Xi Jinping Rejects ‘Cold War Psychology’ and Calls for Cooperation at World Economic Forum

GENEVA – Chinese President Xi Jinping on Monday said his country would send 1 billion more doses of COVID-19 vaccines for other countries, called for global cooperation to tackle the pandemic and other challenges while urging other powers to remove the “Cold War mentality” – an act that concealed the United States.

Mr. Xi introduced China’s efforts in sharing vaccines, combating climate change and promoting development in the opening remarks of a Virtual gathering organized by World Economic Forum. The online events is being held after the group halted its annual meeting in Davos, Switzerland, because of the coronavirus pandemic.
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Attempts to fight with global outbreak has claimed the lives of more than 5.5 million people and affected the world economy and climate change was the hot topic on Monday.

During a virus panel session, Moderna’s CEO said the vaccine maker was working on a booster shot for both COVID-19 and influenza, while the US infectious diseases specialist Ky, Dr. Anthony Fauci, lamented it was “very disturbing” because of the reluctance of many people. Americans follow basic measures like wearing masks and getting vaccinated.

Mr. Xi, who has not left China since the coronavirus emerged in early 2020, said his country has exported more than 2 billion doses of the COVID-19 vaccine to more than 120 countries and international organizations. . He announced plans to provide an additional 1 billion, including funding 600 million doses for Africa and an additional 150 million for Southeast Asia.

For comparison, UN managers are supported COVAX program to deliver vaccines to developing countries announced over the weekend that it had delivered 1 billion doses of the vaccine.

Mr. Xi has covered standard topics from previous international speeches, including responding to complaints from trading partners by promising to more expansive than China’s state-dominated economy private and foreign competition.

His comments come as tensions between the US and China have boiled over over topics such as Taiwan, intellectual property, trade, human rights and the East Sea.

Hajarah Nalwadda / Xinhua via Getty Images A worker delivers the Sinovac COVID-19 vaccine at the National Health Store in Entebbe, Uganda, July 31, 2021.

“We need to get rid of the Cold War mentality and seek peaceful coexistence and win-win outcomes,” Xi said through an interpreter. “Protectionism and unilateralism cannot protect anyone. … Worse yet are hegemonic practices and bullying, contrary to the flow of history” – terms Beijing has used to describe US policy and actions.

He added: “A zero-sum approach that increases one’s own gain by doing other’s will not be helpful. “The right way forward for humanity is peaceful development and mutually beneficial cooperation.”

Mr. Xi said China was “ready to work with” other governments on climate change but did not announce new initiatives and did not provide resources. The supply of money and technology is up to developed countries, he said.

Indian Prime Minister Narendra Modi also touched on the environment in his speech, pledging his country to achieve net-zero emissions by 2070.

India’s growth over the next 25 years will be “green and clean, sustainable and reliable”, he said, underscoring the country’s commitment to solar energy.

While Mr. Xi and Mr. Modi touted environmental efforts, UN Secretary-General Antonio Guterres endorsed concerns about the use of coal – both China and India are big users – in his call for “real climate action in the developing world”.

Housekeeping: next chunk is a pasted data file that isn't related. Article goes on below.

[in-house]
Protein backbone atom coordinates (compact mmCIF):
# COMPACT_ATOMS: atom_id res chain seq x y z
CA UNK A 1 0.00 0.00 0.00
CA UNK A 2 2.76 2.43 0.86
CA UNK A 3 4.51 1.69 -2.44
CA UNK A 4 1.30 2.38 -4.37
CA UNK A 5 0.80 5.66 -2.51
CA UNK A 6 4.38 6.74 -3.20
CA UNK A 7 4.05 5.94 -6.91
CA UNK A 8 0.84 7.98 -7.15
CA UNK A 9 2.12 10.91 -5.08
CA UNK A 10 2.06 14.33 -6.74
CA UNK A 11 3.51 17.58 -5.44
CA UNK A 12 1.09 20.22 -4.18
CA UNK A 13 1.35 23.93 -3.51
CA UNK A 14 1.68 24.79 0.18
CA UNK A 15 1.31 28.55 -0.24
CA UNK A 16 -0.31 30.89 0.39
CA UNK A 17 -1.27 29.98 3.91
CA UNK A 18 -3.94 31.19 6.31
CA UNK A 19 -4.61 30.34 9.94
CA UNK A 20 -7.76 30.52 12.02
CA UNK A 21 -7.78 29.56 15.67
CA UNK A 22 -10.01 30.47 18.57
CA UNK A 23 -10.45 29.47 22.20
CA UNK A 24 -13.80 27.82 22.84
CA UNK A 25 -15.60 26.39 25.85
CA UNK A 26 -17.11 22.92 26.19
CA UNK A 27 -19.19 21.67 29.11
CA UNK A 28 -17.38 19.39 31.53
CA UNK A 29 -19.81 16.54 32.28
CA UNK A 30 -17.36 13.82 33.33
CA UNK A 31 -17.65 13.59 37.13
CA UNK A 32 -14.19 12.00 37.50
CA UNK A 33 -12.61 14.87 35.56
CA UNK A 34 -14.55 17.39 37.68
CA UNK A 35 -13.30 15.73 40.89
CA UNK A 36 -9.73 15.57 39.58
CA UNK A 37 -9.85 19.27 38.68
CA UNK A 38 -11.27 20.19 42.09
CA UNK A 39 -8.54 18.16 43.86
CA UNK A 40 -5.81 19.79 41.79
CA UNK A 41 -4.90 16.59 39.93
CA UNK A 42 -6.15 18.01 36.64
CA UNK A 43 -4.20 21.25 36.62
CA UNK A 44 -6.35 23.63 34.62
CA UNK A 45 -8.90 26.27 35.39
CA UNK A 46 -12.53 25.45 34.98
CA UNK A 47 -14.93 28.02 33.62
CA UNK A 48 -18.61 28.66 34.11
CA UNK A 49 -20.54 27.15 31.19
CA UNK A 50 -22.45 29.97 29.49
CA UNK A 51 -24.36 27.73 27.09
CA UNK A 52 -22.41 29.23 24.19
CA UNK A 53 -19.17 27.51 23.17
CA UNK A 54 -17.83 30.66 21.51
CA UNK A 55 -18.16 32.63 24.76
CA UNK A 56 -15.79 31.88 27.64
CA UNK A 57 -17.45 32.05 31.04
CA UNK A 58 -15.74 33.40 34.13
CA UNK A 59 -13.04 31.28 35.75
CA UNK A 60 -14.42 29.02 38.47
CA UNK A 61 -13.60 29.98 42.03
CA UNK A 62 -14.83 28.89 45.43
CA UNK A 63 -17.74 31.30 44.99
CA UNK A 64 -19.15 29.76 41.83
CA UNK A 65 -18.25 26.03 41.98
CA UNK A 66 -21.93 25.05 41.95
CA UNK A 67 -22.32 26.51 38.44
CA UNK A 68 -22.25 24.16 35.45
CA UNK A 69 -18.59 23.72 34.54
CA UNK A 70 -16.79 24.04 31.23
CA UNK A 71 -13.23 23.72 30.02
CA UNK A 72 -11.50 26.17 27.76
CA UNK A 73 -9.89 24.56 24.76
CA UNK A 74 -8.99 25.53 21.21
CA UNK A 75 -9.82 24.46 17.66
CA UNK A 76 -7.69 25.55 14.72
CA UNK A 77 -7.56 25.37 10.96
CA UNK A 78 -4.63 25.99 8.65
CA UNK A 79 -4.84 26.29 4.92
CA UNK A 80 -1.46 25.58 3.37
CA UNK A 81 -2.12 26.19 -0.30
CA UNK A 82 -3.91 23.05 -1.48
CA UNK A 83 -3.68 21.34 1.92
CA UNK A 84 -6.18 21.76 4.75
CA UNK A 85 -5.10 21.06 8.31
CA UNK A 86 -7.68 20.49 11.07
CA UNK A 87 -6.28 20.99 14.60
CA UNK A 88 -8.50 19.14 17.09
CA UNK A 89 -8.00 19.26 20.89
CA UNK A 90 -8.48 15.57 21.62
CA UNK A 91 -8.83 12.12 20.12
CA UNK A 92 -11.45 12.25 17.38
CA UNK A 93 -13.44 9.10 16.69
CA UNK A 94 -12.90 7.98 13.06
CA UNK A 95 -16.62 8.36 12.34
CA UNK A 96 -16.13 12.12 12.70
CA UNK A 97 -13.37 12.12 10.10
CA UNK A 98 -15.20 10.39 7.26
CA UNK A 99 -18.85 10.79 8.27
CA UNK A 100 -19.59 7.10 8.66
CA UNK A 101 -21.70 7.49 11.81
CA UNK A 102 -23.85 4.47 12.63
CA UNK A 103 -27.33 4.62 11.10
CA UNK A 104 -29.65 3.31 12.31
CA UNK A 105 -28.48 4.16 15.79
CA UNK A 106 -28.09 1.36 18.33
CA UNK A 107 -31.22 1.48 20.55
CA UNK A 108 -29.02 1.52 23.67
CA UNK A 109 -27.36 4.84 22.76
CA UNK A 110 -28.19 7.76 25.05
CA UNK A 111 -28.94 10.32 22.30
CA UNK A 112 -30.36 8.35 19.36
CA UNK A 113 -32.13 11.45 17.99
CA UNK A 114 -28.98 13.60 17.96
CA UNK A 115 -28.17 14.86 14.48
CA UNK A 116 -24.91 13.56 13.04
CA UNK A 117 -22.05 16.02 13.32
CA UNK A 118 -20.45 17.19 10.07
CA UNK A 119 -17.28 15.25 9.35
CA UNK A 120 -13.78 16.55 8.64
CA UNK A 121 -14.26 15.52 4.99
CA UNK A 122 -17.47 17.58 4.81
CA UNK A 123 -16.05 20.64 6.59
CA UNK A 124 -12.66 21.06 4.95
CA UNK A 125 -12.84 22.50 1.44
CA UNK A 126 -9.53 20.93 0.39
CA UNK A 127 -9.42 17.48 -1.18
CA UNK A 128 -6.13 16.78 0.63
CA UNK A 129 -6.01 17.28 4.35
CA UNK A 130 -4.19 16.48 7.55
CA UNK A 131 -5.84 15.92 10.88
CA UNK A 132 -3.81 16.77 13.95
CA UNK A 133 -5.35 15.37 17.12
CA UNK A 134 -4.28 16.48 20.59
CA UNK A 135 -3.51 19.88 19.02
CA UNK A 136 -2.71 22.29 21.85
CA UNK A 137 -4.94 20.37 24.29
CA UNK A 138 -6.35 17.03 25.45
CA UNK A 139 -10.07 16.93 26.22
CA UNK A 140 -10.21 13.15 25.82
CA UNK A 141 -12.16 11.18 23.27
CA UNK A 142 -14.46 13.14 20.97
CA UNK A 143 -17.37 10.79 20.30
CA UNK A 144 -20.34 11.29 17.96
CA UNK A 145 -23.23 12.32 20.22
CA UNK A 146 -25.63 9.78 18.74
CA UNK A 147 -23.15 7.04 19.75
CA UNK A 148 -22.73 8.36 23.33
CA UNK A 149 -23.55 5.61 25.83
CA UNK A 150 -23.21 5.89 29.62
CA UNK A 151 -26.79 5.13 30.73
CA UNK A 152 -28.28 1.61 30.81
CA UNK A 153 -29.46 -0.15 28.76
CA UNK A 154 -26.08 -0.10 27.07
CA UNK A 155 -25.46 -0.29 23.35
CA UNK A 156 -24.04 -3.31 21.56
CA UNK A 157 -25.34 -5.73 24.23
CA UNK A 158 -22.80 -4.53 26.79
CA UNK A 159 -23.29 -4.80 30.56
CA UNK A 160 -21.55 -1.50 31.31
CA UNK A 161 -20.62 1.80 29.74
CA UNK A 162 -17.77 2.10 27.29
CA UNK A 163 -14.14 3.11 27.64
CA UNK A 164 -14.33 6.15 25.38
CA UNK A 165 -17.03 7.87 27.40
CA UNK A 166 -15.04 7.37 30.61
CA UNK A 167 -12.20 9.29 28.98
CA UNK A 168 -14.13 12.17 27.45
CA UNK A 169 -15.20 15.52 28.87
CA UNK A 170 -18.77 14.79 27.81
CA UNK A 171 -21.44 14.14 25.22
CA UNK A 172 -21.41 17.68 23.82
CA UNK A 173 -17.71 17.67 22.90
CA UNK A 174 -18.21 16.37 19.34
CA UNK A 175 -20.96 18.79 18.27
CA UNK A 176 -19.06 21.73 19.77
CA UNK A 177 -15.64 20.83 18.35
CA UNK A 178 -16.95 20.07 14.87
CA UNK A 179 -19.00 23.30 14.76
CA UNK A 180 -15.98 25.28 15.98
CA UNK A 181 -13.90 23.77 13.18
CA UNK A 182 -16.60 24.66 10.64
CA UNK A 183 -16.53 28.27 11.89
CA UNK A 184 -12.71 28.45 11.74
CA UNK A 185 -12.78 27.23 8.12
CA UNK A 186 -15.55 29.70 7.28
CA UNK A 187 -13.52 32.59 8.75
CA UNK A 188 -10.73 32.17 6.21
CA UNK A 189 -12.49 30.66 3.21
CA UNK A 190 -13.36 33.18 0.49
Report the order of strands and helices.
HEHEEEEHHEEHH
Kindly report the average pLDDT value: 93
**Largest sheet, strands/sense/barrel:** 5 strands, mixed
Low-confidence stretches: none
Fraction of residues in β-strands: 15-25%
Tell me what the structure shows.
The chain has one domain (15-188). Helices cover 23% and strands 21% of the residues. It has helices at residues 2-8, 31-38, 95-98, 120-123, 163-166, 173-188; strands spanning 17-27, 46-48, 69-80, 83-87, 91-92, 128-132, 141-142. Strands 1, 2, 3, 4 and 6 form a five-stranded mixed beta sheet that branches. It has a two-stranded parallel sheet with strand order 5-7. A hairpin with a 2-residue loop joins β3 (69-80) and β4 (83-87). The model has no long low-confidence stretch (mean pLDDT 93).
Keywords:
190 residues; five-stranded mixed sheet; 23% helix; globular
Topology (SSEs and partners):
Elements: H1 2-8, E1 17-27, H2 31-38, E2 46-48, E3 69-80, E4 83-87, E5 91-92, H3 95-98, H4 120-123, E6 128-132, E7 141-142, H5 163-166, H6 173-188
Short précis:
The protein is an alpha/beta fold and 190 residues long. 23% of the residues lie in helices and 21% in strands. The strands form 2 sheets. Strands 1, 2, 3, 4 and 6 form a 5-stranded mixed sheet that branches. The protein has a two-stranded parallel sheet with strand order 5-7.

“Emissions must fall, but they continue to rise,” Guterres said in his speech, calling for debt forgiveness for developing countries that need help phasing out coal.

Guterres pointed to his call for an “alliance” to help accelerate the clean energy transition, highlighting US-China efforts to provide China with “appropriate technology” to accelerate its transition. that translation.

he said.

Guterres said the past two years have shown the world needs to work together to stop climate change, revive the global economy and beat the pandemic.

India still relies on coal as it tries to switch to renewable energy
Ritesh Shukla / Getty Images A worker sprays water to help tackle pollution caused by truck and coal loading operations at a coal mine on November 23, 2021 in Sonbhadra, Uttar Pradesh, India

During a panel discussion on the future of COVID-19, Moderna CEO Stephane Bancel said he hopes the US-based company will have a booster vaccine ready to try. trial in advanced research in the second quarter, says the best case scenario would be a single injection. including flu and COVID-19 will be ready for use next year.

“I don’t think it’s going to happen in every country, but we believe it could happen in some countries over the next year,” Bancel said.

Moderna has been criticized for prioritizing distribution of its COVID-19 vaccine to rich countries; only a small part of its supply is delivered to poor countries through COVAX. He said the company aims to produce about 2 to 3 billion doses this year and hopes to have data from a new vaccine tailored to address the omicron variant by March.

The annual gathering in Davos, which usually takes place in person in the Alpine snowy regions of eastern Switzerland, attracts hundreds of business, cultural, academic and government leaders. The leaders of countries such as Germany, Colombia and Japan were prepared to address the meeting that lasted until Friday.


Associated Press Business writer Joe McDonald in Beijing, AP Health Writer Maria Cheng in Toronto, Sheikh Saaliq in New Delhi, and Frank Jordans in Berlin contributed to this report. Xi Jinping Rejects ‘Cold War Psychology’ and Calls for Cooperation at World Economic Forum


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